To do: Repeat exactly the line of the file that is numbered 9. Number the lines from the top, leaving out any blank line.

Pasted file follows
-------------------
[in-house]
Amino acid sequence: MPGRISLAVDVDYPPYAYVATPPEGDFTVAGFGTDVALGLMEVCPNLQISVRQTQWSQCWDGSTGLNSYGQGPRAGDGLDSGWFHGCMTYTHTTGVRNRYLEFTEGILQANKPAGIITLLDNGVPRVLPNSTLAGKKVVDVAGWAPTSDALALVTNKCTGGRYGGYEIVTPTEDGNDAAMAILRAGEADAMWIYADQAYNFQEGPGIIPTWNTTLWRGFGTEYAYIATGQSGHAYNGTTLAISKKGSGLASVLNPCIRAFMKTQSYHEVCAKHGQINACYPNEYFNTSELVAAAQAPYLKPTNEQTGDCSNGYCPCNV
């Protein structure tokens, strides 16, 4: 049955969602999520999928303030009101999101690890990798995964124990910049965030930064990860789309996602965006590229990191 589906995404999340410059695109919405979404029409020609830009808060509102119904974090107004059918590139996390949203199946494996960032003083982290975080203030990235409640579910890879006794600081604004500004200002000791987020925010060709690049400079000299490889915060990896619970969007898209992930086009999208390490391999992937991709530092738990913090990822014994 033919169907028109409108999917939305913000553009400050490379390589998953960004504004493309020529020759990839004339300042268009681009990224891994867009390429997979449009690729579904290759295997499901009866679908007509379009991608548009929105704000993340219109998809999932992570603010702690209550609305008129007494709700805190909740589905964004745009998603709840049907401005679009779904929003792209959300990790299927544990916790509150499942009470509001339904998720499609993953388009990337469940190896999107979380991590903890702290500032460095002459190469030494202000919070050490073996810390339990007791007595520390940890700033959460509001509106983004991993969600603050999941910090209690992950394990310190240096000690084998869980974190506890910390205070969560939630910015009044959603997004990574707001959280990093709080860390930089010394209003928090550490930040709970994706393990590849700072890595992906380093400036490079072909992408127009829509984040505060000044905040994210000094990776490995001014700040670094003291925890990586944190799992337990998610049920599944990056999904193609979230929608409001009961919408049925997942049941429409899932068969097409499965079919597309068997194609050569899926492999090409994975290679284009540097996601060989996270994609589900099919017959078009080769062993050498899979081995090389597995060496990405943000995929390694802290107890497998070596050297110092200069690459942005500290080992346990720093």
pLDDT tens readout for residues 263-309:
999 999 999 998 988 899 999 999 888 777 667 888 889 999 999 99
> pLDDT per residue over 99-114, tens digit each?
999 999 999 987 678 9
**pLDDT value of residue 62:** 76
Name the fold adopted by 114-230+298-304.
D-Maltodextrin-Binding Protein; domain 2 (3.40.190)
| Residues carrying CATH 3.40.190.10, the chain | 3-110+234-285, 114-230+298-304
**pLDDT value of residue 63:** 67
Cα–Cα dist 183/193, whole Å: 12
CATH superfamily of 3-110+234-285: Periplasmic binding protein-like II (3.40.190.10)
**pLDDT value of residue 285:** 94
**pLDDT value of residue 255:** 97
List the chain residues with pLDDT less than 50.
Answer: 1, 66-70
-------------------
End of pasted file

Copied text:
Name the fold adopted by 114-230+298-304.